Evolution in the News - November 2020
by Do-While Jones

Confronting Bird/Dino Misinformation

Scientific American gave a bogus explanation for why birds and dinosaurs are so diverse.

There are two strange things about the Scientific American article reviewed in this column. The first is the timing. It appeared on page 44 of the November 2020 print issue under the title, “How Birds Branched Out” with the subtitle, “Modern birds are incredibly diverse. A new study reveals how they achieved their spectacular evolutionary success.” The on-line version of the article was titled, “How Birds Evolved Their Incredible Diversity” with the subtitle, “An analysis of 391 skulls shows that birds evolved surprisingly slowly, compared with their dinosaur forerunners.” The on-line article was dated August 24, 2020. 1 Why was the print version delayed until November? Perhaps it wasn’t good enough to make it into the August issue, and they needed some filler for the November issue. (Honestly, we wouldn’t have addressed it if we weren’t one page short this month. )

The second strange thing was placement. The printed version of the article (which failed to show how birds evolved) was filled with misinformation. This placement was ironic because it immediately followed a set of five articles in a section titled,

Confronting Misinformation

Viral lies, overwhelming uncertainty, and leadership that amplifies falsehoods and fear: no wonder we feel anguished by our information environment. 2

That set of five articles, which had to do with the election and COVID-19, appeared in the issue just before the American elections on November 3. That makes sense. But why follow that set of articles with an article so obviously full of misinformation?

Bored Birdwatcher

Kate began her article with this explanation:

This past May, when it finally sank in that I was going to be stuck at home for a very long time because of the pandemic, I took up a hobby that had never especially appealed to me before: birding. 3

Here’s what she “learned” watching birds.

Birds are dinosaurs, the only lineage to survive to the present day. They arose in the Jurassic period, between 200 million and 150 million years ago, from the theropods, a group of two-legged carnivorous dinosaurs whose members include both the behemoth Tyrannosaurus rex and the daintier Velociraptor. For tens of millions of years birds evolved alongside other dinosaurs, diversifying into a number of small-bodied, fast-growing, feathered fliers, along with a few large-bodied, flightless forms. 4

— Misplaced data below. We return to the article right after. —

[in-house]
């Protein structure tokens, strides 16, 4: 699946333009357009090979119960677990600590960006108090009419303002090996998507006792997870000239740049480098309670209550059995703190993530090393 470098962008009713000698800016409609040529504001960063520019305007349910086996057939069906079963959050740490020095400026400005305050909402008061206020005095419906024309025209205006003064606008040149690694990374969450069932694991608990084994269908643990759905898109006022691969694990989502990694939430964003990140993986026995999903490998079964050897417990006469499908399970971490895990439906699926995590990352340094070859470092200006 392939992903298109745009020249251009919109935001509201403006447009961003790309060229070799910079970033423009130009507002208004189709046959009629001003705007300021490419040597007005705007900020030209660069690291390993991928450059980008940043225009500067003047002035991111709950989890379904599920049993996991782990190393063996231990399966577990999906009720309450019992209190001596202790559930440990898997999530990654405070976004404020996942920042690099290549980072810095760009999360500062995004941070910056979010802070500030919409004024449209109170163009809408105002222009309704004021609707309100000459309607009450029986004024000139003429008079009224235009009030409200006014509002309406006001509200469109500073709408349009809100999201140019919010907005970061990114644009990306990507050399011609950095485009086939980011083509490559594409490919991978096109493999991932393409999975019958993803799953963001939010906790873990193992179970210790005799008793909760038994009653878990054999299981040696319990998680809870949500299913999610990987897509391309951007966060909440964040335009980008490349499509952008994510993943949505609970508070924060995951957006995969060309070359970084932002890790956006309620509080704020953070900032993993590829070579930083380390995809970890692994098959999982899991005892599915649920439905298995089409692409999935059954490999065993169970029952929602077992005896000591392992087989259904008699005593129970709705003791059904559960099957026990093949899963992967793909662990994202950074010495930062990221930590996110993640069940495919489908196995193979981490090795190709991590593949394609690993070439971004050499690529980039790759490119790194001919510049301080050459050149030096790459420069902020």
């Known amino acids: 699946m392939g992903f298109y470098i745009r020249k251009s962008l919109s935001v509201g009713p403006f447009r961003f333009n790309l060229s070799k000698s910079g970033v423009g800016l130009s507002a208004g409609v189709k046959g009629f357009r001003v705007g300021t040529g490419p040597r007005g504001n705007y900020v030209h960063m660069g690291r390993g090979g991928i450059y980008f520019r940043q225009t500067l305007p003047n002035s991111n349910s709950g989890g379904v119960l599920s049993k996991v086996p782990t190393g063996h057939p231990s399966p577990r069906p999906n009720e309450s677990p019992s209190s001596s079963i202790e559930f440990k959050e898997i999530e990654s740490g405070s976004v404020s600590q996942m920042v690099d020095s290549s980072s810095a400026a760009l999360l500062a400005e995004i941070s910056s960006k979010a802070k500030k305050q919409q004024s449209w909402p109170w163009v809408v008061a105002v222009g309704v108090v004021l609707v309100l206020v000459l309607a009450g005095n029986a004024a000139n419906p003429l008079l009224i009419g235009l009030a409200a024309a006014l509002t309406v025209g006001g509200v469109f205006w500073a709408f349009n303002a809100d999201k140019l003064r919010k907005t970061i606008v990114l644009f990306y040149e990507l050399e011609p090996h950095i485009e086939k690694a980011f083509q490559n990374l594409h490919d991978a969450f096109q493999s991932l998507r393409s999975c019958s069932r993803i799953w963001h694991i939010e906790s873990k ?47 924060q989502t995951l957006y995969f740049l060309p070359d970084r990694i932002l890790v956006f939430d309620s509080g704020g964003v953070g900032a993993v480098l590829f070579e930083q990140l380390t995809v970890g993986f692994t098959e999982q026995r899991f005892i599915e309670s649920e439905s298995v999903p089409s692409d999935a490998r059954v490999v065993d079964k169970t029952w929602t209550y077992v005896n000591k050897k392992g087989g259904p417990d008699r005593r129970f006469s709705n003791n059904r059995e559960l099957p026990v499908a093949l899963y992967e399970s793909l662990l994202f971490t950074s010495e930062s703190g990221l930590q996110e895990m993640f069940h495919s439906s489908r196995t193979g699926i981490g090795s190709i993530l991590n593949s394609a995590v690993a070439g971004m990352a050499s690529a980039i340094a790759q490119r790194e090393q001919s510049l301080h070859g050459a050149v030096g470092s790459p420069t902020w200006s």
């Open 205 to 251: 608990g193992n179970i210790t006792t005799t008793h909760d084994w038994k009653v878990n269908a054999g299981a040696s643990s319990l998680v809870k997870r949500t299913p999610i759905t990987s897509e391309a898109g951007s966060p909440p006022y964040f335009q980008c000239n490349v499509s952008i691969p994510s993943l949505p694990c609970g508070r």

Birds are not dinosaurs. Calling a bird a dinosaur does not make it a dinosaur. The entire narrative of dinosaurs evolving into birds is fiction.

In any case, the idea was that after the mass extinction, the neornithine birds had the place largely to themselves. Free of competition from other dinosaurs (not to mention a whole bunch of other vertebrates that also perished, including the pterosaurs, those flying reptiles that had long ruled the skies), birds abruptly exploded into a multitude of forms to fill the many newly vacant ecological niches. 5

How do they know that? (They don’t.)

To investigate, the team carried out a detailed shape analysis of 391 well-preserved skulls from modern birds and extinct dinosaurs using high-resolution 3-D scans of the specimens. The scientists used the results to reconstruct the animals’ evolution.

What the researchers found was that dinosaurs evolved 1.5 to three times faster than birds in all regions of the skull. After the mass-extinction event brought the Mesozoic era to a close and ushered in the Cenozoic era, birds branched into most of the major modern groups, from hummingbirds and penguins to birds of prey and songbirds. 6

It’s all misinformation stated as fact! That’s why people “feel anguished by our information environment.” Scientific American should look in the mirror to find the source of the anguish.

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1 Kate Wong, Scientific American, August 24, 2020, “How Birds Evolved Their Incredible Diversity”, https://www.scientificamerican.com/article/how-birds-evolved-their-incredible-diversity/
2 Scientific American, November 2020, page 28
3 Kate Wong, Scientific American, August 24, 2020, “How Birds Evolved Their Incredible Diversity”, https://www.scientificamerican.com/article/how-birds-evolved-their-incredible-diversity/
4 ibid.
5 ibid.
6 ibid.